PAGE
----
What’s Your Teaching Philosophy Statement?

As director of the Center for Teaching Excellence at Southern Methodist University, Michael Harris relies on advice from his colleagues when crafting and tweaking his teaching philosophy statement. On Monday, Harris posted his nearly 800-word statement to his Higher Ed Professor blog. In doing so, he says he hopes it will prompt educators to give more forethought as they prepare to craft their own statements. Harris addresses broad pedagogical themes and practices, but also offers specifics about how he personally approaches instruction. Here is an excerpt:

The relationship between professor, subject matter, and student is a primary consideration in fostering learning and as a result my instructional approach mirrors this belief.

During each class session, I present a challenge, puzzle, or problem that students are unable to solve without utilizing and engaging with the subject matter. My role is to be keenly aware of student responses and comments in order to connect with students and improve their learning and understanding.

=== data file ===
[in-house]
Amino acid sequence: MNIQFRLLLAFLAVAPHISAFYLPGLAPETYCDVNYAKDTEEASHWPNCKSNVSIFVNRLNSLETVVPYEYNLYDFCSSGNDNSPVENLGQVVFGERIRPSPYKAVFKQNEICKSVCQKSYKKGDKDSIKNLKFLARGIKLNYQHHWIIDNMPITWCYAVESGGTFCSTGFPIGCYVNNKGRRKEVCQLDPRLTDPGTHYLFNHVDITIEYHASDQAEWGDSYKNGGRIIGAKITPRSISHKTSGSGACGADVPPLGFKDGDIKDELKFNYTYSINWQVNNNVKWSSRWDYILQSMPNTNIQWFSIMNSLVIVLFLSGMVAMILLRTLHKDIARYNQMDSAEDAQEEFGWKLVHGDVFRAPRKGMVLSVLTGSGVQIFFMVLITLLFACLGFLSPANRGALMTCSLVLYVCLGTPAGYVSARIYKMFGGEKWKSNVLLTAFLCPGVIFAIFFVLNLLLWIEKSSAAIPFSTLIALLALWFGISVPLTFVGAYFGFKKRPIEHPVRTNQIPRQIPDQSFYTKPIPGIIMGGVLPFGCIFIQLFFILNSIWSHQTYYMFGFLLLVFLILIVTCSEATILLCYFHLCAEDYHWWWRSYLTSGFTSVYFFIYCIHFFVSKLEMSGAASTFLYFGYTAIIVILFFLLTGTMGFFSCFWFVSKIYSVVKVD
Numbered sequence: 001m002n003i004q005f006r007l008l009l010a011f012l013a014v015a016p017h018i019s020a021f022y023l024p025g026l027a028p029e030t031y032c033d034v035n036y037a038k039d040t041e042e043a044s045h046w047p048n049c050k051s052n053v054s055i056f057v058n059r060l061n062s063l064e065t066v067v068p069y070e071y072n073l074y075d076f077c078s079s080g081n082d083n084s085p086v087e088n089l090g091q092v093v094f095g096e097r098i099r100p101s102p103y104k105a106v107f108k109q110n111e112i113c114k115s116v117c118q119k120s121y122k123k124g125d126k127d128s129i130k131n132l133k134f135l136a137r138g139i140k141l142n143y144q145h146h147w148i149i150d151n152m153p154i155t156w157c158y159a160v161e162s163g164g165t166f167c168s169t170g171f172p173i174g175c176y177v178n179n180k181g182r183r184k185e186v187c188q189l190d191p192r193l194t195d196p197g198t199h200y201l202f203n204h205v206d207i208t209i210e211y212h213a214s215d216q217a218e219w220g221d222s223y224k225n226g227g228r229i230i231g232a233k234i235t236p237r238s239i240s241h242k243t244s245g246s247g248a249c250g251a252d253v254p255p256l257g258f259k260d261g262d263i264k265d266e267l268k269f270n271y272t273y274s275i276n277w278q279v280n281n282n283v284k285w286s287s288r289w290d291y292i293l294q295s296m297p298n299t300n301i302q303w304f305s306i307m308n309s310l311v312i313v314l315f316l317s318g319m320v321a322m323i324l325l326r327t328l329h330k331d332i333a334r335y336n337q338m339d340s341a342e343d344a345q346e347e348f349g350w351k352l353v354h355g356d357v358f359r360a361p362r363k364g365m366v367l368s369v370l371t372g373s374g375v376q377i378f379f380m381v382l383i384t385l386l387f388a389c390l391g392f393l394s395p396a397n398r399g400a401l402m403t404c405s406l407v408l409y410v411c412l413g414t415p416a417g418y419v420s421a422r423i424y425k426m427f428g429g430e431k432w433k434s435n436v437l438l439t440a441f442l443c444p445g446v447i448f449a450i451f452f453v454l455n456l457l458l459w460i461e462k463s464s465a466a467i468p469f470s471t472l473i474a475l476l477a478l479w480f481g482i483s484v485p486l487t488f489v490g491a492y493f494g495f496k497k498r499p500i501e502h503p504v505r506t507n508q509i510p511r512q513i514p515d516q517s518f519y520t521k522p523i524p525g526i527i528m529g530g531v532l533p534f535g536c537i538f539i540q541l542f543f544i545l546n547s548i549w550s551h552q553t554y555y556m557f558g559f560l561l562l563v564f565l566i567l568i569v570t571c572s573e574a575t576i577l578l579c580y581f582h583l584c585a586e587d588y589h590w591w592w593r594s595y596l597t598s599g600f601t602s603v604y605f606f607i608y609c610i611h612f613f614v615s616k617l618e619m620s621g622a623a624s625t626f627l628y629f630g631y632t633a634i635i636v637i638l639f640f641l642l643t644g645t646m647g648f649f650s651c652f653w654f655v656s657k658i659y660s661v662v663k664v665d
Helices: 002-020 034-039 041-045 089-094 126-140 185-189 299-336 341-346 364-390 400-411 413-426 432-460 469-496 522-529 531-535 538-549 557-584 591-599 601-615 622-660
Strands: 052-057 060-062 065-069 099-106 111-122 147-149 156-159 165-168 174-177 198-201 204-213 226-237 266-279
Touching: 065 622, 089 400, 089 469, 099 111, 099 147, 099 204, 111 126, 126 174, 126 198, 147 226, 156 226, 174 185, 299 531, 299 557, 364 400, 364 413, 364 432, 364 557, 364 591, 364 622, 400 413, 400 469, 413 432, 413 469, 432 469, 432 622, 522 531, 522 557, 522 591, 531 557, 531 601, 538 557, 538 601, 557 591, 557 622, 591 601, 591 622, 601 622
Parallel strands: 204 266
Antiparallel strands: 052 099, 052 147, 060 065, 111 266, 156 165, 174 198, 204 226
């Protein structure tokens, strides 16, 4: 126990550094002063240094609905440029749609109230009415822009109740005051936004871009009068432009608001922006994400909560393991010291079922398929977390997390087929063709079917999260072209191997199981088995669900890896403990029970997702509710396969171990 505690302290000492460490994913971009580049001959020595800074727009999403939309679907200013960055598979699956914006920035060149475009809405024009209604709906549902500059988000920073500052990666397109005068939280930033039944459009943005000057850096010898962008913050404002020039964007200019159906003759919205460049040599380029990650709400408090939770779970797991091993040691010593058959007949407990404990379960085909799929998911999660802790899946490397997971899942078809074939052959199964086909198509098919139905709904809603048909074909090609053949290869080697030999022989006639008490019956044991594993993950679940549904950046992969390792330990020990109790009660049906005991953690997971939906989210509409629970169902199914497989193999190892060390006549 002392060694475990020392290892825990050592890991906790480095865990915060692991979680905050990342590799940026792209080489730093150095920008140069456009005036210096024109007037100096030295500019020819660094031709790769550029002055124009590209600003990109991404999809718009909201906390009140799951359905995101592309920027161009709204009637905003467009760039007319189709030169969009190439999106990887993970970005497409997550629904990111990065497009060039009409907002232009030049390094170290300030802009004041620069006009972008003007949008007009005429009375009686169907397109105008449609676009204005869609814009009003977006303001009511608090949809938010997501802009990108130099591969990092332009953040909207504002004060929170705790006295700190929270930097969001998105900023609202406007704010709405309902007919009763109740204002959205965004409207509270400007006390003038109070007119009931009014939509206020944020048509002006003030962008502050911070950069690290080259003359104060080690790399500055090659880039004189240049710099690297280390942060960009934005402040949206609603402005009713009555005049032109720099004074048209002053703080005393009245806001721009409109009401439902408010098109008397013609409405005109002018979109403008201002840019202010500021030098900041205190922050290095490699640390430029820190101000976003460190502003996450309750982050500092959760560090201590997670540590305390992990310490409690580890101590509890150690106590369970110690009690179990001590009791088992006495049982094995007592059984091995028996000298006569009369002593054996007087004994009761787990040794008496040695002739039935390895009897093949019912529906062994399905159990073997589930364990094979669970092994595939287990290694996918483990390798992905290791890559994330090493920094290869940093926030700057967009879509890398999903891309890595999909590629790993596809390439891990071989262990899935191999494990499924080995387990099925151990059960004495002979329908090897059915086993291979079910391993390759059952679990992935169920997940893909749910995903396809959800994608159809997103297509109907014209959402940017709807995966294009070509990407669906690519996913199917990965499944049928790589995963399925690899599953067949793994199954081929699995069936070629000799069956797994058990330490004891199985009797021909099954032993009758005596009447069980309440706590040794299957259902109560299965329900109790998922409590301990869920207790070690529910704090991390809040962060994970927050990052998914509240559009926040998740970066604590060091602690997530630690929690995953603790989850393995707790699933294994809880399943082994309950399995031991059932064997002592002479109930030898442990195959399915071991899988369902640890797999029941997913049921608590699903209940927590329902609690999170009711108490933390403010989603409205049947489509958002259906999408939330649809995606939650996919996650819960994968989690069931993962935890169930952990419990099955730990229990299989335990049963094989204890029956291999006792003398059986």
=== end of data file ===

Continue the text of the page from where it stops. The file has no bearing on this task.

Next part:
This approach takes various forms depending on the nightly topic.

For example, in EDU 6392: Foundations and History of American Higher Education, one of the topics is “Higher Education for a Freed People.” I split the class into two groups where one represents Booker T. Washington and the other W.E.B. Dubois.

The class debates the merits of the postsecondary philosophies espoused by Washington and Dubois through the use of primary source material with students often vigorously arguing for their assigned position.

Read Harris’s post, then tell us this: What’s your teaching philosophy? Feel free to provide an shortened excerpt or share your thoughts on Harris’s statement.

Check out Vanderbilt University’s Center for Teaching ‘Teaching Statements’ page, which includes guidelines and question prompts for how to write one.

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